After a prolonged period of relatively quiet weather over the Eastern North Pacific Ocean, a tropical depression formed southwest of Baja California. At 11:00 p.m. EDT on Friday the center of Tropical Depression 2E (TD2E) was located at latitude 14.7°N and longitude 116.7°W which put it about 730 miles (1170 km) southwest of the southern tip of Baja California. TD2E was moving toward the west-northwest at 9 m.p.h. (15 km/h). The maximum sustained wind speed was 30 m.p.h. (50 km/h) and there were gusts to 40 m.p.h. (65 km/h). The minimum surface pressure was 1007 mb.
A tropical wave over the Eastern North Pacific Ocean developed a well defined low level circulation and the National Hurricane Center classified the system as Tropical Depression 2E on Friday night. Although the structure of the low level wind field is symmetrical, most of the thunderstorms are located northwest of the center of circulation. An upper level ridge north of the depression is generating easterly winds over the top of the circulation. The vertical wind shear is causing the asymmetrical distribution of the thunderstorms.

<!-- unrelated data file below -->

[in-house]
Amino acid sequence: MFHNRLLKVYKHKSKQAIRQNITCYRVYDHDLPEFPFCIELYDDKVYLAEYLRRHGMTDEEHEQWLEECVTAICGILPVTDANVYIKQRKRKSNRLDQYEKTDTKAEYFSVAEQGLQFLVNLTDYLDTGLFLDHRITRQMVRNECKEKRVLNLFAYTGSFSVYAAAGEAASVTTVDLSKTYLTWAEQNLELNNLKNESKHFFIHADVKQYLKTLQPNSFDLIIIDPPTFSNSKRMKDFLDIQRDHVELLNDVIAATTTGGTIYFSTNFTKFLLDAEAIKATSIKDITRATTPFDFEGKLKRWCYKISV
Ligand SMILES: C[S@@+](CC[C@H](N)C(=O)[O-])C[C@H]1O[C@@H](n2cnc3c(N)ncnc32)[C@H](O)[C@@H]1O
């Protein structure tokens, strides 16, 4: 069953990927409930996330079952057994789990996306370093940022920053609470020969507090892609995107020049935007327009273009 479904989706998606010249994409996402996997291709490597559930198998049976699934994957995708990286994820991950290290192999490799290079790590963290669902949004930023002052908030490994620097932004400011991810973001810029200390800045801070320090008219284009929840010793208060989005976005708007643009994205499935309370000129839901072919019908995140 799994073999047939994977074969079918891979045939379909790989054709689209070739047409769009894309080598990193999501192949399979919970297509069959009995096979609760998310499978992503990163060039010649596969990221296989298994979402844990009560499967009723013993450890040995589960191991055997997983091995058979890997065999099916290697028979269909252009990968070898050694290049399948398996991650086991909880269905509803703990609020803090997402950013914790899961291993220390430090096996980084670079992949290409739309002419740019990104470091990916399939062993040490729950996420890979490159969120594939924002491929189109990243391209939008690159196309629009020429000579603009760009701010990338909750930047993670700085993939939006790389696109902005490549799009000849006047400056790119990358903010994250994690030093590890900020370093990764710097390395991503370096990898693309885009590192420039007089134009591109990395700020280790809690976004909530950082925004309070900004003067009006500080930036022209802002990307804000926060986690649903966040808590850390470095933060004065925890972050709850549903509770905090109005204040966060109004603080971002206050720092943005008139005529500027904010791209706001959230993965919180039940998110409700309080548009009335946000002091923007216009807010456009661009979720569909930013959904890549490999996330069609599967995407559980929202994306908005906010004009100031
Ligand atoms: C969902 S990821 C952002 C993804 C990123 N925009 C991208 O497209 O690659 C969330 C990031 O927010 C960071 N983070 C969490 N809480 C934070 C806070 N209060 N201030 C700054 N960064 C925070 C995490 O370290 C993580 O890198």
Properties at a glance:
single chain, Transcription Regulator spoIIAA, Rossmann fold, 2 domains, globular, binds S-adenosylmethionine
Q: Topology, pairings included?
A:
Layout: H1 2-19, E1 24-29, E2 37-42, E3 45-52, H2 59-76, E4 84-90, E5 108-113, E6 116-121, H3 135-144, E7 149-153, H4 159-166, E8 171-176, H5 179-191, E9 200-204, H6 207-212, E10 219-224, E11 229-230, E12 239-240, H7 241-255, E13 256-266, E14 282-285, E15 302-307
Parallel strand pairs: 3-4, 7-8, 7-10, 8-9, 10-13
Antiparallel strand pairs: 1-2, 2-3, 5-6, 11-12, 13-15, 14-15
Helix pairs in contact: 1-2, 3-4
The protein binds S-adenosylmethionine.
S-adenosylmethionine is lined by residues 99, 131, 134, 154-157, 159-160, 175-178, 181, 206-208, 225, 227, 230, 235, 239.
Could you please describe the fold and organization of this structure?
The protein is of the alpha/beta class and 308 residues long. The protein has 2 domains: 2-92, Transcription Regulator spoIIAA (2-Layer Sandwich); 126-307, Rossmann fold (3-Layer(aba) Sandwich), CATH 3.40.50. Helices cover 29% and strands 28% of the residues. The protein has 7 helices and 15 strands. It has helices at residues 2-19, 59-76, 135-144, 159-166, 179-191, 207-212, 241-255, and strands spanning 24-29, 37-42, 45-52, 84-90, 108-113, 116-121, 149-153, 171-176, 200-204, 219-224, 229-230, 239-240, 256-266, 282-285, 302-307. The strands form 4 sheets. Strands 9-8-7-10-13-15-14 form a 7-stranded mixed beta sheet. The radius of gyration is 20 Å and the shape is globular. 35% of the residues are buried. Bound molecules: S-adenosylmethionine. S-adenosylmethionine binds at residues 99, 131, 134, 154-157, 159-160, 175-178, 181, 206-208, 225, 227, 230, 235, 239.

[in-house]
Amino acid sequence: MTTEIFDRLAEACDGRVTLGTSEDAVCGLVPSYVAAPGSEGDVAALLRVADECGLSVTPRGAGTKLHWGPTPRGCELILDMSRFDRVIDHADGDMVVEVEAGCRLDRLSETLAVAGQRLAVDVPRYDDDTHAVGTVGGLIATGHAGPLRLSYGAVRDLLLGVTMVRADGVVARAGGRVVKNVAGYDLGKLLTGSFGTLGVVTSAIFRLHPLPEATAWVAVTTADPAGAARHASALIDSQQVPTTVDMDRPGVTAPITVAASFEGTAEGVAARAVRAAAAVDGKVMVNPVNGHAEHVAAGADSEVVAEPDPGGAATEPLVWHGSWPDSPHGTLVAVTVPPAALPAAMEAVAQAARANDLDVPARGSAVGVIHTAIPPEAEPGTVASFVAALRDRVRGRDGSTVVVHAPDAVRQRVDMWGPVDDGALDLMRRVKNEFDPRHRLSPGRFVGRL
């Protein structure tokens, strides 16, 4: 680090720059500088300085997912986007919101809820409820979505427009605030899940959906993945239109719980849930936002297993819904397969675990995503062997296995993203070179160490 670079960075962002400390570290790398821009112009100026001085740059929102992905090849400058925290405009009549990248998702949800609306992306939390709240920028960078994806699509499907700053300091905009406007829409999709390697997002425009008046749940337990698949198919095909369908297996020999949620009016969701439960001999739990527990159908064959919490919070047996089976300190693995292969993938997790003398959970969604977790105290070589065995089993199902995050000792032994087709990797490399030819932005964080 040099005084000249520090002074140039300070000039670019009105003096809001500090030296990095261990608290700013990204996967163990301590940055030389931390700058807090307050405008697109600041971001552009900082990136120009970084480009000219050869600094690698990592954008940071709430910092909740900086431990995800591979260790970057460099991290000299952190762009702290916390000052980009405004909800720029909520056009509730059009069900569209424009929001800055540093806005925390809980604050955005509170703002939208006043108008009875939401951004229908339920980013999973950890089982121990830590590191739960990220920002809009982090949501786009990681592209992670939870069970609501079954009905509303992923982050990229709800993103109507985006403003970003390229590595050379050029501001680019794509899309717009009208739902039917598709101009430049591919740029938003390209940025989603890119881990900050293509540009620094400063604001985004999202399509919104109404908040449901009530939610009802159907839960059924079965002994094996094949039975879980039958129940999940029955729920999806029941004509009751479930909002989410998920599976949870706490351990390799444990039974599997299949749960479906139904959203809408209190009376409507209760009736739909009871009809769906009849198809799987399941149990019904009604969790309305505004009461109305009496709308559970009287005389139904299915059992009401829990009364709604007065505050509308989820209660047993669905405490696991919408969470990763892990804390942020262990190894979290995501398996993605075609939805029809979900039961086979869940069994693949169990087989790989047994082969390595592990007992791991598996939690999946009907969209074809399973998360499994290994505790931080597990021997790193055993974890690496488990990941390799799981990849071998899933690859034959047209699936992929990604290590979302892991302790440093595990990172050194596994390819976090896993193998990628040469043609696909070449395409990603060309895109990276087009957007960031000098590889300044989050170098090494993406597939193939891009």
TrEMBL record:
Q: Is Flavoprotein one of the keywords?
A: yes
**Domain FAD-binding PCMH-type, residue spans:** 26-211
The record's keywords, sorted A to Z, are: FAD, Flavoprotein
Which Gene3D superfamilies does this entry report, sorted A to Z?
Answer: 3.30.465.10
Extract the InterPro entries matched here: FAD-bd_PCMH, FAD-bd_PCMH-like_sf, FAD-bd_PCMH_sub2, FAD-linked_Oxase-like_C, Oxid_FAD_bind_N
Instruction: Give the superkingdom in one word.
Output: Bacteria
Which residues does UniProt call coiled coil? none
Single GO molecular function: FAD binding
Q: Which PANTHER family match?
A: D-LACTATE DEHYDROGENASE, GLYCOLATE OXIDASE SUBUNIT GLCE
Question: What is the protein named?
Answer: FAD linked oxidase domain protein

The environment around Tropical Depression 2E is marginal for intensification because there are both positive and negative factors. TD2E is moving over water where the Sea Surface Temperature is near 29°C. So, there is plenty of energy in the upper ocean to support intensification. However, the air to the west of the tropical depression is very dry, which will limit the growth of thunderstorms and the formation of rain bands in that part of the system. In addition moderate vertical wind shear will also inhibit intensification. Tropical Depression 2E could intensify during the weekend and it has a chance to become the first named storm of the 2016 Eastern Pacific hurricane season. However, the potential for intensification is limited.
The ridge to the north of TD2E is expected to continue to steer it toward the west-northwest during the next several days. Tropical Depression 2E poses no threat to land during the next five days.